3. Enrol in and complete an accredited intern training program and get an intern position

You must enrol in an accredited intern training program as part of the requirement of supervised practice before you obtain full registration as a pharmacist. You can find a list of accredited intern training programs on the Australian Pharmacy Council website. Intern training programs are designed to help you make the most of your on-the-job training and help you prepare for the oral and written exams.

To get an intern position you will need to contact potential employers to ask for a position. Some pharmacies advertise their positions. Some hospital pharmacies have central recruitment pools. Your university can tell you more about the process.


4. Complete a year (1824 hours) of supervised practice (internship)

As an intern you do the work of a pharmacist under the supervision of another pharmacist. Most pharmacists complete their training in a community or hospital pharmacy. During the intern year you must complete an oral exam and a written exam.

With your pharmacy degree and during your intern year, you’ll learn everything you need to know to become a registered pharmacist. You can get an idea of all the skills required by a pharmacist by skimming through the National Competency Standards Framework for Pharmacists in Australia. This document may seem daunting, but your university degree and your internship year will set you up to meet these requirements.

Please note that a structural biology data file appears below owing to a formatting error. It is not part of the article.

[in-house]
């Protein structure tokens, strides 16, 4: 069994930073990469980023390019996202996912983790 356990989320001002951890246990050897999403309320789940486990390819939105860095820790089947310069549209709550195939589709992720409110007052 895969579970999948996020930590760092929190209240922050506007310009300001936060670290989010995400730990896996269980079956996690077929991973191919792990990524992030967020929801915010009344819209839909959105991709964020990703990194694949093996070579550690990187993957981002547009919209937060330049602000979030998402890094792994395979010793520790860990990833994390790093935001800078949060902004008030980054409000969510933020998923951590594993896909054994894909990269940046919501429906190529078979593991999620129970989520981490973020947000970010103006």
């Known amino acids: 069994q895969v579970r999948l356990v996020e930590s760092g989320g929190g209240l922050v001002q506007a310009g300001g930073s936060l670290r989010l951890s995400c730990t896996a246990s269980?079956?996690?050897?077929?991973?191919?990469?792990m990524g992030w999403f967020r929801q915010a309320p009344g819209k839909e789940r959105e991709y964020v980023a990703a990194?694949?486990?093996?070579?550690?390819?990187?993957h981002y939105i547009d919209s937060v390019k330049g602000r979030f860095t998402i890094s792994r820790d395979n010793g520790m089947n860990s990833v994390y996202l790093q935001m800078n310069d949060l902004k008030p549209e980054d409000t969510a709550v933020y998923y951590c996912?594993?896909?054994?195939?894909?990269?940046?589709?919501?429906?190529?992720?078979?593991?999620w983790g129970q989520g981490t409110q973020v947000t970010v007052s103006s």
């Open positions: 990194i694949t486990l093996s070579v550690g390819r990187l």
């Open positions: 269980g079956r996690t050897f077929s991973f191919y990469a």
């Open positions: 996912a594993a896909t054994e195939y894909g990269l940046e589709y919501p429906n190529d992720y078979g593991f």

5. Pass extensive written and oral exams

These exams are run by the Pharmacy Board of Australia and the Australian Pharmacy Council. You must pass both examinations to successfully transition from Provisional Registration to General Registration and become a registered pharmacist and able to work as a pharmacist in Australia.

Before sitting the written examination you must have completed 30% of your supervised practice hours. Before attempting the oral examination you must have completed 75% of your supervised practice hours. Each examination is run several times each year. The Australian Pharmacy Council has produced an online training module to help interns get ready for their written exams.



Further education

Being a pharmacist requires lifelong learning and commitment.

Once you register as a pharmacist, the learning doesn’t stop there. Pharmacy is a career that requires continual education; the profession is always evolving. You’ll need to keep up-to-date with new medicines, new treatments and new skills. As a requirement of registration as a pharmacist with the Pharmacy Board of Australia you must do Continuing Professional Development (CPD) each year. SHPA has everything you need to meet the Pharmacy Board’s CPD requirements. You may also choose to specialise in a specific area of pharmacy or undertake postgraduate study.

Whilst any pharmacist can work in a hospital pharmacy, senior positions are often filled by pharmacists with strong clinical skills and relevant training. This might involve a clinical pharmacy Masters or participation in SHPA’s clinical pharmacy education as part of your CPD. For more information about how to enhance your career prospects in hospital pharmacy contact SHPA’s CPD Advisor .